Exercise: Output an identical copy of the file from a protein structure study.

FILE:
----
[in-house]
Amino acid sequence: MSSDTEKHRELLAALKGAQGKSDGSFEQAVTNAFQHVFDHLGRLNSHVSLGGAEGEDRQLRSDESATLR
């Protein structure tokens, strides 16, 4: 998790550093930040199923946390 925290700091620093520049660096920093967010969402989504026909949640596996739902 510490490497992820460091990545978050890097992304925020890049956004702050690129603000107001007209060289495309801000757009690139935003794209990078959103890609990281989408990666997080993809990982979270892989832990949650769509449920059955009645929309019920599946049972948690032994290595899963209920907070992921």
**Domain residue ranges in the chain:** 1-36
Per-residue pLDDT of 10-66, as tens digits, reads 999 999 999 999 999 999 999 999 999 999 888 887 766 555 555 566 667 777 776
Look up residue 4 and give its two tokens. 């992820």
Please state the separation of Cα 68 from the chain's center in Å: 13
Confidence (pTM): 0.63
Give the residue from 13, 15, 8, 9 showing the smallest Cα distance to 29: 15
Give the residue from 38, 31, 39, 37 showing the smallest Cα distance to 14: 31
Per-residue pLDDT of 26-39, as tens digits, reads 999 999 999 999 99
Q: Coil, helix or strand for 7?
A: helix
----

[in-house]
Amino acid sequence: MSSDTEKHRELLAALKGAQGKSDGSFEQAVTNAFQHVFDHLGRLNSHVSLGGAEGEDRQLRSDESATLR
């Protein structure tokens, strides 16, 4: 998790550093930040199923946390 925290700091620093520049660096920093967010969402989504026909949640596996739902 510490490497992820460091990545978050890097992304925020890049956004702050690129603000107001007209060289495309801000757009690139935003794209990078959103890609990281989408990666997080993809990982979270892989832990949650769509449920059955009645929309019920599946049972948690032994290595899963209920907070992921």
**Domain residue ranges in the chain:** 1-36
Per-residue pLDDT of 10-66, as tens digits, reads 999 999 999 999 999 999 999 999 999 999 888 887 766 555 555 566 667 777 776
Look up residue 4 and give its two tokens. 């992820």
Please state the separation of Cα 68 from the chain's center in Å: 13
Confidence (pTM): 0.63
Give the residue from 13, 15, 8, 9 showing the smallest Cα distance to 29: 15
Give the residue from 38, 31, 39, 37 showing the smallest Cα distance to 14: 31
Per-residue pLDDT of 26-39, as tens digits, reads 999 999 999 999 99
Q: Coil, helix or strand for 7?
A: helix